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Functions of Operating Systems

Tag: computer science

Computer Science is Changing Everything

I think 19th century was about the Industrial Revolution, about electricity, about disrupting their agricultural society and making it more advanced. The 20th century was about physics and engineering, to do more things easier in our everyday life from refrigerators to washing machines. And the 21st century is definitely the digital age. It’s the Internet. […]

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Computer Science 101

Computers are everywhere. Now, most people feel like they can use computers, but how does it work inside of there? Well, it is a little bit, some kind of an impossible mystery. I’m going to tell you, if you kind of look through the curtain, how does the computer work behind the scenes, it is […]

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Memory & Storage: Crash Course Computer Science #19

Hi, I’m Carrie Anne, and welcome to Crash Course Computer Science! We’ve talked about computer memory several times in this series, and we even designed some in Episode 6. In general, computer memory is non-permanent. If your xbox accidently gets unplugged and turns off, any data saved in memory is lost. For this reason, it’s […]

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Binary – How to Make a Computer: Part II

Binary – How to Make a Computer: Part II

The number 10 is everywhere. Cultures around the world give multiples and powers of ten a kind of special significance. 10 is so central to our collective understanding of mathematics, that it’s possible you’ve never even questioned its primacy – But basing a number system around 10 is actually pretty arbitrary: we have ten fingers, […]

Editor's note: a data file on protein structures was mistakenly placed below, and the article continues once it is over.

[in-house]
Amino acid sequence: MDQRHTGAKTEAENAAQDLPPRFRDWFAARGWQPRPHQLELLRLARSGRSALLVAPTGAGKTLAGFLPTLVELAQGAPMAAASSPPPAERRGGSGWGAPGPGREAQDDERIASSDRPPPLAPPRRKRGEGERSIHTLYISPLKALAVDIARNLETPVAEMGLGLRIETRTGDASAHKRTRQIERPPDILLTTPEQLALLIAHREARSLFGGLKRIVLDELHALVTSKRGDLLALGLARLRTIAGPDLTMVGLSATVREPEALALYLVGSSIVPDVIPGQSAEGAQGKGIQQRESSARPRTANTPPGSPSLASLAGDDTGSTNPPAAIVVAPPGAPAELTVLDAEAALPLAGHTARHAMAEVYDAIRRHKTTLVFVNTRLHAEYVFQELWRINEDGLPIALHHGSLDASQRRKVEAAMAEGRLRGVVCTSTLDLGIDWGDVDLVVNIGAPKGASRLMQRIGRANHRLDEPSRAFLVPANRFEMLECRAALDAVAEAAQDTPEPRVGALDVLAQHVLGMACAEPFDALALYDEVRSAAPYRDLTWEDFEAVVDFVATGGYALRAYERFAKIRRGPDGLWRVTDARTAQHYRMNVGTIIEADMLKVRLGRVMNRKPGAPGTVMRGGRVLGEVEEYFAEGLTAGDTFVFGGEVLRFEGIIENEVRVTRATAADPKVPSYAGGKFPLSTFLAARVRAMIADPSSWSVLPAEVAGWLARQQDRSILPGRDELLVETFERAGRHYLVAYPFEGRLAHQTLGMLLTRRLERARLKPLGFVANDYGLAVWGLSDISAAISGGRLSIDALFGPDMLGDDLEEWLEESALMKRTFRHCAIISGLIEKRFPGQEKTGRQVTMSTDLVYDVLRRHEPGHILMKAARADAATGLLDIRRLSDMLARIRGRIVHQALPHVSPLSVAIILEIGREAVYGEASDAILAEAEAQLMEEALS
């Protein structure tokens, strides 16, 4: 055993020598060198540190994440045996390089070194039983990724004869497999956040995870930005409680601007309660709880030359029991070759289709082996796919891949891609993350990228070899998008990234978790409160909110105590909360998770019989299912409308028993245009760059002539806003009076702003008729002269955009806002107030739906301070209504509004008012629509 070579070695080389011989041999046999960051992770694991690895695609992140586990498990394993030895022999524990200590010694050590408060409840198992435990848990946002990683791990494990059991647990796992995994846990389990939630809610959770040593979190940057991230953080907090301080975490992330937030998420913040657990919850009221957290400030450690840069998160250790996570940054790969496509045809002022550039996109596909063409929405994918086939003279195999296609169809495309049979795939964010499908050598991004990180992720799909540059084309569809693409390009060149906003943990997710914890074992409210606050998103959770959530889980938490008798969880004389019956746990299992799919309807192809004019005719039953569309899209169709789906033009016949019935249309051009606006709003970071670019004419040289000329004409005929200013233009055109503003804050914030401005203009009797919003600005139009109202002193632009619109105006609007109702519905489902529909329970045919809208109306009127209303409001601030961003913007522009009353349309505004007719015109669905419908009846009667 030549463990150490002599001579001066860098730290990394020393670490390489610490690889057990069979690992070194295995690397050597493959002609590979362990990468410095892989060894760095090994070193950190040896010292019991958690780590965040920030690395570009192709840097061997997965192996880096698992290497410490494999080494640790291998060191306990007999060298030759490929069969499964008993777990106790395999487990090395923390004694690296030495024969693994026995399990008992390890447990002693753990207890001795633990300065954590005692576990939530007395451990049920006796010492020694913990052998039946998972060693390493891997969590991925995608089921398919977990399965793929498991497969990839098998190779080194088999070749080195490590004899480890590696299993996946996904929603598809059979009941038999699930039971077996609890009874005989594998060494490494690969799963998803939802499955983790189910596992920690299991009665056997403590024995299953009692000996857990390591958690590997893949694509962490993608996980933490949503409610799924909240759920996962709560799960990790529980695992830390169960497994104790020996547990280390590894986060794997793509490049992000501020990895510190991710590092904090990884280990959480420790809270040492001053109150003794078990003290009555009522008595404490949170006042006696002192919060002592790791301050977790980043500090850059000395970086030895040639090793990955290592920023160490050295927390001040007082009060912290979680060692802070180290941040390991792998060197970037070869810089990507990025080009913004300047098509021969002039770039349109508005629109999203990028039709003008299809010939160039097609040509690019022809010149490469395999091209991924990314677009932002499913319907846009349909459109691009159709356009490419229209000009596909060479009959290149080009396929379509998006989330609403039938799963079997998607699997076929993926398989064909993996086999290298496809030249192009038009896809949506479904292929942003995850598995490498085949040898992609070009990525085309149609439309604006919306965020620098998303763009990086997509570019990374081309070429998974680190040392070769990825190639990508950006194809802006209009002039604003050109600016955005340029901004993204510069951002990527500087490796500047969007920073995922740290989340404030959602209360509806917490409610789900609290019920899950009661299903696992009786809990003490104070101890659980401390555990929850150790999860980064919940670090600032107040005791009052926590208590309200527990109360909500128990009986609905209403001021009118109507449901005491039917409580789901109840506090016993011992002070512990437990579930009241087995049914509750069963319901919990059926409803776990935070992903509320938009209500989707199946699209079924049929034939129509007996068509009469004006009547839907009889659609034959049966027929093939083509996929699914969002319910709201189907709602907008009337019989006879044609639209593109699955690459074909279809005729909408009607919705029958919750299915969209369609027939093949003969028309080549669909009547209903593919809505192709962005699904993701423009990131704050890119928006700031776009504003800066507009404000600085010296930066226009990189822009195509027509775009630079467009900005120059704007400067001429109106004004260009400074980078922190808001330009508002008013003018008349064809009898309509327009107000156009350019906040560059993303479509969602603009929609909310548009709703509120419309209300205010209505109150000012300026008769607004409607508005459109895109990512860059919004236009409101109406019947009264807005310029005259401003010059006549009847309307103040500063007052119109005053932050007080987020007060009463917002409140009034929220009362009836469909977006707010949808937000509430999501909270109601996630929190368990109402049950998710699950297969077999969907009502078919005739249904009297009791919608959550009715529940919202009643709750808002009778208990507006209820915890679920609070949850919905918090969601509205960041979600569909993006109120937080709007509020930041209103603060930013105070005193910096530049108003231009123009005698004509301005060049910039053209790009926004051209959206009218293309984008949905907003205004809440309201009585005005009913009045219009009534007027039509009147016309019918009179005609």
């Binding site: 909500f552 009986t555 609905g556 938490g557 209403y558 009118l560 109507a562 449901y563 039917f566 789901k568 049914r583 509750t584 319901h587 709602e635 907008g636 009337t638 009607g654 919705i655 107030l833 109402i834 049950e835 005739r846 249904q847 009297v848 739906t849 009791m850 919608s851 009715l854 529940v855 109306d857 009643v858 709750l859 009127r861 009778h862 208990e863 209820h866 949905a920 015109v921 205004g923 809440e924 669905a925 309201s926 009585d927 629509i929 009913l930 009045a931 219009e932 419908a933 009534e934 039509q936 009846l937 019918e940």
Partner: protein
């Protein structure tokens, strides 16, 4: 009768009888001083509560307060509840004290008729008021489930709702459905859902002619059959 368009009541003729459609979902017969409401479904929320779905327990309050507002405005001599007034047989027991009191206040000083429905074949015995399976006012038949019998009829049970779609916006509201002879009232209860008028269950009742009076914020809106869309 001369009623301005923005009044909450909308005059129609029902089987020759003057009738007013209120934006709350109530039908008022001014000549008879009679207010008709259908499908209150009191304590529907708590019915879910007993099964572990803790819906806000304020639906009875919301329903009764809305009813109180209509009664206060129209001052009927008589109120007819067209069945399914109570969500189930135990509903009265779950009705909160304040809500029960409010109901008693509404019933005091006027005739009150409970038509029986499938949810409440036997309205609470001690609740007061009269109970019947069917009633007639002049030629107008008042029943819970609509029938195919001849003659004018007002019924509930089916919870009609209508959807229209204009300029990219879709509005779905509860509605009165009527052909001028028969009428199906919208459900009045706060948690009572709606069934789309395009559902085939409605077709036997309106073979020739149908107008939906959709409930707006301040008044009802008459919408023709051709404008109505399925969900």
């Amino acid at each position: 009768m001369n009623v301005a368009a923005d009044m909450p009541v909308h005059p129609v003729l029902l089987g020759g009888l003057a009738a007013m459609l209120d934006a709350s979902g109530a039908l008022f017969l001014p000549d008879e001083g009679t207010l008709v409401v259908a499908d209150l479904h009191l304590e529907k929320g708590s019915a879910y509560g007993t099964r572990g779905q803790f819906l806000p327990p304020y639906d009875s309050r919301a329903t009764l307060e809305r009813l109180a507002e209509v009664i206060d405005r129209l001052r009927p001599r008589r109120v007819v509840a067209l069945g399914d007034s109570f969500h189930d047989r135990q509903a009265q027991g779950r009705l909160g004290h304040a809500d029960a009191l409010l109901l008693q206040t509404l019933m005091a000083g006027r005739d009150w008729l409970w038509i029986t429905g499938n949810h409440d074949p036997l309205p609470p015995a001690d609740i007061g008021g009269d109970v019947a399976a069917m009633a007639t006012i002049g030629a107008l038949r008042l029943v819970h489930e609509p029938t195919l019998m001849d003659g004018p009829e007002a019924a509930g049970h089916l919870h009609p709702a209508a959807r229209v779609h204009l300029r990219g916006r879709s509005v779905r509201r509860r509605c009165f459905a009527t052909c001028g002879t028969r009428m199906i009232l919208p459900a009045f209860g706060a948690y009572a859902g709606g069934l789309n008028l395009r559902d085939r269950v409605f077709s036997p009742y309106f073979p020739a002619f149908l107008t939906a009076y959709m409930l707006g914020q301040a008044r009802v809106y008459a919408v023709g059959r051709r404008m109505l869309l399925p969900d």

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Computer Network Technician (Episode 121)

Networks, mainframes, hardware, software, updates, Internet… They’re all organized and monitored for organizations by this multi-talented individual: the computer network technician. Hi. Brian. Hi. Peter. Come on in. I’ll show you where I work. Great. Peter Wealick. I’m a computer network technician. We could be doing a number of different things. We could be deploying […]

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Early Computing: Crash Course Computer Science #1

Early Computing: Crash Course Computer Science #1

Hello world, I’m Carrie Anne, and welcome to CrashCourse Computer Science! Over the course of this series, we’re going to go from bits, bytes, transistors and logic gates, all the way to Operating Systems, Virtual Reality and Robots! We’re going to cover a lot, but just to clear things up – we ARE NOT going […]

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Software Engineering: Crash Course Computer Science #16

Software Engineering: Crash Course Computer Science #16

Hi, I’m Carrie Anne, and welcome to CrashCourse Computer Science! So we’ve talked a lot about sorting in this series and often code to sort a list of numbers might only be ten lines long, which is easy enough for a single programmer to write. Plus, it’s short enough that you don’t need any special […]

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The Fetch-Execute Cycle: What’s Your Computer Actually Doing?

The Fetch-Execute Cycle: What’s Your Computer Actually Doing?

Every modern computer, when you get right down to the bare metal, is doing basically the same sort of thing. I’ve said before that computers are just overgrown calculators, but how do you go from a simple calculator to playing video games, sending stuff over the internet, or even decompressing and displaying the millions of […]

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Firm Timer Implementation – Georgia Tech – Advanced Operating Systems

Firm Timer Implementation – Georgia Tech – Advanced Operating Systems

As you know, in Linux they use the term task to signify a schedulable entity. And so, we’re using T1, T2, T3, to mean tasks, which are schedulable entities. And the timer-q data structure, what it contains is the tasks and the expiry time for that particular task. And the tasks are ordered in this […]

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Compaction in Memory Management Tutorial-9

In Dynamic partition scheme of Contiguous memory allocation we have the problem of external fragmentation in which even though we have an available memory space since it is fragmented across different parts of the memory we won’t be able to use it. So here suppose here we have a process request of 300 Kb and […]

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